Fashion ChargebacksWhy are Buyers Disputing Apparel Purchases? Let’s Find Out.

September 5, 2023 | 12 min read

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Fashion Chargebacks

In a Nutshell

Is your apparel retail or supply company suffering under the weight of chargebacks? If so, it’s time to learn what’s putting your business at risk. This article will explain everything you need to know about fashion chargebacks, including how they happen, their repercussions, and strategies for preventing them altogether.

10 Tips to Prevent Fashion Chargebacks & Other Apparel Industry Disputes

Fashion plays a pivotal role in today's world.

What people wear reflects their personal identity, as well as cultural trends and societal values. In the age of personal branding and social media, fashion has become a means to express ourselves to the world. However, the rise in fashion chargebacks poses a significant threat to the industry.

Consumer chargebacks, often triggered by dissatisfaction or fraudulent intentions, can lead to revenue losses for retailers and erode trust in online shopping. These issues can strain business relationships and lead to additional costs, potentially increasing consumer prices. 

Chargebacks introduce instability to the market, threatening the viability and growth of the fashion industry as a whole.

Fashion Chargebacks: At a Glance

We should clarify this up front: the term “fashion chargeback” can refer to two distinct chargeback processes: retailer-facing (B2C) or supplier-facing (B2B) chargebacks.

First, there are chargebacks filed by a consumer against a clothing retailer for damaged, missing, or otherwise unsatisfactory items. These disputes will be the main focus of the article.

There are a few factors that have contributed to the rise of fashion chargebacks in recent years. High transaction volumes are one issue; when retailers have to process a large number of transactions, they have less time and bandwidth to devote to reviewing and scrutinizing each purchase.

Resale value is another factor. Fashionable, hyped clothing brands are popular targets for fraudsters, because they know they can quickly and easily resell goods for a lot of cash.

Wardrobing and price switching are both common forms of return fraud, which is another problem endemic to the fashion industry. Sellers sometimes react against suspected return fraud by rejecting return requests. If that happens, the buyer may escalate the dispute to a chargeback.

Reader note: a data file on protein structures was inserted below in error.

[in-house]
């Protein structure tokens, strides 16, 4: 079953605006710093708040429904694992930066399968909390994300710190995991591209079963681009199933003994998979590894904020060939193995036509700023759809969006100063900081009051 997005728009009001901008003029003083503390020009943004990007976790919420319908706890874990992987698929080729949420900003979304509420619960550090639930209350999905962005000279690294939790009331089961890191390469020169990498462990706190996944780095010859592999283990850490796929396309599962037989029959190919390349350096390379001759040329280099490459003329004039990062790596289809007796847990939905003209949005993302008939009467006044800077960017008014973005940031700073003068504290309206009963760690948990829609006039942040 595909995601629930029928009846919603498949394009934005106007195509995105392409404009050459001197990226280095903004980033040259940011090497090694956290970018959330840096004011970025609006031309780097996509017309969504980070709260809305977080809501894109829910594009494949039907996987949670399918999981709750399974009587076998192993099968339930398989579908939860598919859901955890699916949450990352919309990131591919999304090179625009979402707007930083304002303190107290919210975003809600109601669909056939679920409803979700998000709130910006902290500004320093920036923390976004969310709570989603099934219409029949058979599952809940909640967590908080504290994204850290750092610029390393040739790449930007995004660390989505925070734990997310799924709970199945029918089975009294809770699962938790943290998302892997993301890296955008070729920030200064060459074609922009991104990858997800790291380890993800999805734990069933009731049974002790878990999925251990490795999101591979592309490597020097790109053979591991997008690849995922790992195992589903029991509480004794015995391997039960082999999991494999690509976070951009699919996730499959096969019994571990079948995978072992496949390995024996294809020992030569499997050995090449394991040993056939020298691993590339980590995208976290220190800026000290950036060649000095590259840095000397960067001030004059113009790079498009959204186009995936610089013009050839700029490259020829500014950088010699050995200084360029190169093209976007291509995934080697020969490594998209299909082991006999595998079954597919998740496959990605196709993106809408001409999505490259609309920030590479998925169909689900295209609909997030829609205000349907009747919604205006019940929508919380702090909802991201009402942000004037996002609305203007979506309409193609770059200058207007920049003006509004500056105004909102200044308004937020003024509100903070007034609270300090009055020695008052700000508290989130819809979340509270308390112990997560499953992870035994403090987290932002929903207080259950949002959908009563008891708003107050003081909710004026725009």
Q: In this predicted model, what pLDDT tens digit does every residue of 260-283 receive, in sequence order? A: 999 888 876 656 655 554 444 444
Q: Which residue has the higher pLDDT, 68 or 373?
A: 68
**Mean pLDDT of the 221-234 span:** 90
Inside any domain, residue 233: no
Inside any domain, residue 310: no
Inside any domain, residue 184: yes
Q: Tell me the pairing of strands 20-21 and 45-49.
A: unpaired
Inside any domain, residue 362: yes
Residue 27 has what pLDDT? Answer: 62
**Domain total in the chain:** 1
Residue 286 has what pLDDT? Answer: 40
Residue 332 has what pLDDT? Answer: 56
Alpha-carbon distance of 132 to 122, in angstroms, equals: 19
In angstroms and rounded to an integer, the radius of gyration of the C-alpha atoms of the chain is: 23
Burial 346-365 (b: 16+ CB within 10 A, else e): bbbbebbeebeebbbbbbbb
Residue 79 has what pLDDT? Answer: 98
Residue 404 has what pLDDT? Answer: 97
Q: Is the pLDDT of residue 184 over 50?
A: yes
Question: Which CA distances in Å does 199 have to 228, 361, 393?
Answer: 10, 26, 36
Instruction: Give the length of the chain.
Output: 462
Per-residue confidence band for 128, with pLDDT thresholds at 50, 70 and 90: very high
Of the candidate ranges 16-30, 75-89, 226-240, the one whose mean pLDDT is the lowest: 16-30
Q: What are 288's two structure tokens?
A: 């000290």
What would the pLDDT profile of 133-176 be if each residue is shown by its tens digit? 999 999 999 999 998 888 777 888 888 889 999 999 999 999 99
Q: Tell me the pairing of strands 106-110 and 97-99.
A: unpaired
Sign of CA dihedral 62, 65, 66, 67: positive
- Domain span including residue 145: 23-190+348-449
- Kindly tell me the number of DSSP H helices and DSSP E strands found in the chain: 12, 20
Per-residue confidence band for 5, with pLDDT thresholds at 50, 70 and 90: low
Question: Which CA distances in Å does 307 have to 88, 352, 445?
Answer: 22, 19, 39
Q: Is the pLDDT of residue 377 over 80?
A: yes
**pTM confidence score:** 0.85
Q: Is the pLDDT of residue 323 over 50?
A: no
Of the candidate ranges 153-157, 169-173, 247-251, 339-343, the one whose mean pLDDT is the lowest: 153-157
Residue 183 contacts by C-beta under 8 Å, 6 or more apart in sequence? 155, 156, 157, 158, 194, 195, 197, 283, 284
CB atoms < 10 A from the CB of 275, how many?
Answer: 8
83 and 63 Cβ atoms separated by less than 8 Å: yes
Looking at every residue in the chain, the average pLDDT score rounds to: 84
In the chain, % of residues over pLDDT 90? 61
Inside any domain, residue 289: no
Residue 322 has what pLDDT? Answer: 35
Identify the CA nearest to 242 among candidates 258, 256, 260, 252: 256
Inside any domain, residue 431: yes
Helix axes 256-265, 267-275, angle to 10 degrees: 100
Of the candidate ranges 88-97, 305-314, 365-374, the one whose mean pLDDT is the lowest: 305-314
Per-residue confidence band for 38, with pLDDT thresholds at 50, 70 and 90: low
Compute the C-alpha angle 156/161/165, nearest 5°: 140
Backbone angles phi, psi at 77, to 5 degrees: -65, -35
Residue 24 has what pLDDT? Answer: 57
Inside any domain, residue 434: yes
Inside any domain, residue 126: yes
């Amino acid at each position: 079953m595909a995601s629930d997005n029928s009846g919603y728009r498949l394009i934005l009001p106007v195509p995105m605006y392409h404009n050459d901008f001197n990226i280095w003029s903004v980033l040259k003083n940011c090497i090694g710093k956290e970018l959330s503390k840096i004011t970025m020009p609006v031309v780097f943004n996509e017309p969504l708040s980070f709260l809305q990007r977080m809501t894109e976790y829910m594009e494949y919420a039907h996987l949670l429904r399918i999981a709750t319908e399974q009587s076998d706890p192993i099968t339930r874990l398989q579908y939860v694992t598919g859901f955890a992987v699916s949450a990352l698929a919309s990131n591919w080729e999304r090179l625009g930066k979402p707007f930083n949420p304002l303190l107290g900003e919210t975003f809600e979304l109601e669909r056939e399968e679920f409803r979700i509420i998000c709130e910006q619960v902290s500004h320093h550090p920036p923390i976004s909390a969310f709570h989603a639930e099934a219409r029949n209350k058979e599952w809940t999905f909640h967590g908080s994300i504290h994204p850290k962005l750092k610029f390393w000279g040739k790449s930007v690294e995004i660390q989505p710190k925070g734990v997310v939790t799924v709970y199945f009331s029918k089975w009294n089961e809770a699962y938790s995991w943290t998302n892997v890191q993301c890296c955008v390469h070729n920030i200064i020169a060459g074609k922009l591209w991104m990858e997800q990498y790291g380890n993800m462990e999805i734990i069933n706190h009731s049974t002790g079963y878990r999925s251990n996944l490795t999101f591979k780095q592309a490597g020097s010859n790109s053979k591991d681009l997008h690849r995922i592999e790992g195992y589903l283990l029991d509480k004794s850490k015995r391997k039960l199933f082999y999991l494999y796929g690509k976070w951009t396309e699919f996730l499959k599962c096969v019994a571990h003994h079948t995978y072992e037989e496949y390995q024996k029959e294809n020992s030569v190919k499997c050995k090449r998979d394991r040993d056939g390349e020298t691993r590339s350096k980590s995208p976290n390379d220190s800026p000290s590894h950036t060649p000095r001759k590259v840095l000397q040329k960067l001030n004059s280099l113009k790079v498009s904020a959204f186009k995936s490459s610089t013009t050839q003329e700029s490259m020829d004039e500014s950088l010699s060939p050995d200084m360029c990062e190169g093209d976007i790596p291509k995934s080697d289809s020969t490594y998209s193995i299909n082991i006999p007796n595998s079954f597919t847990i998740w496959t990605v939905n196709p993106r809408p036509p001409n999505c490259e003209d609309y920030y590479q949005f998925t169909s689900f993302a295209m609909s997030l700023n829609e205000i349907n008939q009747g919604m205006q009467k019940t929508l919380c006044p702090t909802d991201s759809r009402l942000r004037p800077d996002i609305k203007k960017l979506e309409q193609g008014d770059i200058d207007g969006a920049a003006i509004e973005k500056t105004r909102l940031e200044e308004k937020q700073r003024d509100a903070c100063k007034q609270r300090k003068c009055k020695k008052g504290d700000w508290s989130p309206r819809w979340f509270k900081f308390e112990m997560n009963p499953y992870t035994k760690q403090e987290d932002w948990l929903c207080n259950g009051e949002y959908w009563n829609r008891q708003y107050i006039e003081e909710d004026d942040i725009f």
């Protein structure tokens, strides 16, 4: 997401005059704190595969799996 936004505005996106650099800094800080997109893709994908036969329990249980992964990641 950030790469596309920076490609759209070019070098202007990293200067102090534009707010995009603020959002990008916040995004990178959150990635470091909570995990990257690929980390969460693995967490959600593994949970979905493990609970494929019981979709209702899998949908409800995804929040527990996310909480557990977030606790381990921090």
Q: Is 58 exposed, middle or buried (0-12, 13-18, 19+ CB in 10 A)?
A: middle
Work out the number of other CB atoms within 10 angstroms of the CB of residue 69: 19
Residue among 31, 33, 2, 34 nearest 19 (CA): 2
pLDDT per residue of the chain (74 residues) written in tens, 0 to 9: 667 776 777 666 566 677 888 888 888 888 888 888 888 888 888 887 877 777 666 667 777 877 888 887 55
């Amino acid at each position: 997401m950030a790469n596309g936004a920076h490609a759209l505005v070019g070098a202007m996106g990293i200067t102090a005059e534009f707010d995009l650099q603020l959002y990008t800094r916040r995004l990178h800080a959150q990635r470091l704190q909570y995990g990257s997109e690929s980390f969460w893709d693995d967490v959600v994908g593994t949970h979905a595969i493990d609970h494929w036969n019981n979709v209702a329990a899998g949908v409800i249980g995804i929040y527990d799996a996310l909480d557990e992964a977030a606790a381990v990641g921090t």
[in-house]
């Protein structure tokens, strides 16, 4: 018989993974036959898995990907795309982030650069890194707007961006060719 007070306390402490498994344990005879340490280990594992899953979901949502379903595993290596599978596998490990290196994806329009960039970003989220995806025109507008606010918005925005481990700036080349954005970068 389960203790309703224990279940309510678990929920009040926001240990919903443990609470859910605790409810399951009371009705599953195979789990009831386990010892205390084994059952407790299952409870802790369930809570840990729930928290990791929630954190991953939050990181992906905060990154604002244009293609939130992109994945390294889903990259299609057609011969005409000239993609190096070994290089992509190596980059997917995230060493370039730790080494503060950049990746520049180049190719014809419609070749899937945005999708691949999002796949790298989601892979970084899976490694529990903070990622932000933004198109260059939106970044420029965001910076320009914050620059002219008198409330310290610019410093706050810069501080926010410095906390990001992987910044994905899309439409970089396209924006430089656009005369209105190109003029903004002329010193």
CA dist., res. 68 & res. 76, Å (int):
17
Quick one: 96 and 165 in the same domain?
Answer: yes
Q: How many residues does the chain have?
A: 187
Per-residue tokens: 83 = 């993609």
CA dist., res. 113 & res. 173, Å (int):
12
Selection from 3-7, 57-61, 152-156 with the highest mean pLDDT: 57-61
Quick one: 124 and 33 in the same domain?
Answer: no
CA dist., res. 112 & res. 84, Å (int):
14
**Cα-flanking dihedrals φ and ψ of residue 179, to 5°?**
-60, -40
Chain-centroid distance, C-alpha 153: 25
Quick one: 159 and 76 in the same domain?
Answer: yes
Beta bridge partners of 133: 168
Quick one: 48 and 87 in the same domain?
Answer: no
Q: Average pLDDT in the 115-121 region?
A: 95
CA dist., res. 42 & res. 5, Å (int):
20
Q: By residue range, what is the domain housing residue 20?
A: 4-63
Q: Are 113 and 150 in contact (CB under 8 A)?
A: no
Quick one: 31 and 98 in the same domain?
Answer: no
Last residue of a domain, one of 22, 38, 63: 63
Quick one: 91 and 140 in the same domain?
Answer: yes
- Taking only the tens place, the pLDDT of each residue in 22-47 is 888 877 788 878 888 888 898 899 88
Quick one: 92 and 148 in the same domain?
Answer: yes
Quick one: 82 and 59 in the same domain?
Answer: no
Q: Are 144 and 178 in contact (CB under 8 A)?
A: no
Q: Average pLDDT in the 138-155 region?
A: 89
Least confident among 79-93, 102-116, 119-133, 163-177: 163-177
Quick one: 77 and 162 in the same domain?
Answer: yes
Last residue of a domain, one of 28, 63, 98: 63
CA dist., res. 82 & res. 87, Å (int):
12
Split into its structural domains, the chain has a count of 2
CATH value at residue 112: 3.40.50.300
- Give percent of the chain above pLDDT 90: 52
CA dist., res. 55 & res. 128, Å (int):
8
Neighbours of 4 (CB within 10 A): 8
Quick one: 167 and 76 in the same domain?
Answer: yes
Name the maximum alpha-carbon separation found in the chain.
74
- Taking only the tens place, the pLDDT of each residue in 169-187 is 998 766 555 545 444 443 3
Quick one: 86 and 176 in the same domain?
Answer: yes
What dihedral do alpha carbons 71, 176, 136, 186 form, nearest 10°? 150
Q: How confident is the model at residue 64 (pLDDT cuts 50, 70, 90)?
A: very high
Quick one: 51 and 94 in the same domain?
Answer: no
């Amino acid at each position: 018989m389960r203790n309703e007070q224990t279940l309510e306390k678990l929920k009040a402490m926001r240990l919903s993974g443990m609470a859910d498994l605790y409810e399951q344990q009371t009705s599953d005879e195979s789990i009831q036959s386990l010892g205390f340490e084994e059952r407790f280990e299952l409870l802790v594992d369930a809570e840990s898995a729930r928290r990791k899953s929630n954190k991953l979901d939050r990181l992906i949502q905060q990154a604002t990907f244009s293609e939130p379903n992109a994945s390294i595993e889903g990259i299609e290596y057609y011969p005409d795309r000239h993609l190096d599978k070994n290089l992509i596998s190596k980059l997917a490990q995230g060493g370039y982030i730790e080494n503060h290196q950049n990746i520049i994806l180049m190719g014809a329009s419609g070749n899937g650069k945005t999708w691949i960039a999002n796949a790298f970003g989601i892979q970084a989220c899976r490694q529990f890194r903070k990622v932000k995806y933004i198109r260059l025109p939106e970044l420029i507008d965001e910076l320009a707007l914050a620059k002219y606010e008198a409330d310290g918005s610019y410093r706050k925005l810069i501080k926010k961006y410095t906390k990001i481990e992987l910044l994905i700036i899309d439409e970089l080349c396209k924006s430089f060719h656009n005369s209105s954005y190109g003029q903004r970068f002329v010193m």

Why Do Consumers File Fashion Chargebacks?

On the consumer end of things, chargebacks are a means to get a refund for unsatisfactory items from an uncooperative or unresponsive retailer.

If they have a legitimate reason to file the chargeback, the customer’s issuing bank may file a chargeback against the retailer. This will remove the original transaction funds from the retailer’s account and return them to the customer. Every time this happens, the retailer is charged a non-refundable chargeback fee to cover the bank’s costs associated with the chargeback.

Here are some common reasons consumers cite for filing chargebacks against clothing and apparel retailers:

Item Not Received

Perhaps the most straightforward reason for a chargeback. The customer ordered an item but never received it, and other attempts to resolve the issue with the merchant were unsuccessful.

Item Not as Described

The received item might look different from the photos online, or its description might be misleading. This discrepancy could be in terms of color, material, size, or other attributes.

Defective or Damaged Items

If the customer receives a damaged or defective item and cannot get a refund or replacement from the merchant, they might resort to a chargeback.

Wrong Item Sent

The customer received an item that was entirely different from what they ordered.

Unauthorized Transactions

If a customer notices a charge they didn't authorize, possibly due to credit card theft or fraud, they would typically initiate a chargeback in response.

Difficulty in Returns or Refunds

The merchant might have a complicated return process, refuse to accept a valid return, or delay the refund unnecessarily. In such cases, the customer might feel that a chargeback is their best option.

Multiple Charges

If a customer is charged multiple times for a single order, they might file a chargeback for each of the extra charges.

Misleading Marketing or Sales Tactics

Overpromising the benefits or features of a product, or using deceptive images and then delivering an item that doesn't meet those promises. Either of these moves can lead to chargebacks.

Unsatisfactory Customer Service

Poor customer service can drive consumers to file chargebacks, especially if they feel their concerns are being ignored or trivialized.

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There’s an inherent challenge to shopping for fashion and accessories online. You’re buying clothing without physically seeing, trying on, or feeling the products. That’s why fashion chargebacks can be so commonplace.

Both merchants and consumers need to communicate effectively and try to resolve disputes amicably whenever possible.

What About Chargebacks Filed by Retailers?

There are also chargebacks filed by retailers against their suppliers. Supplier chargebacks are essentially a way for retailers to ensure that their vendors are accountable for following the terms of their contracts.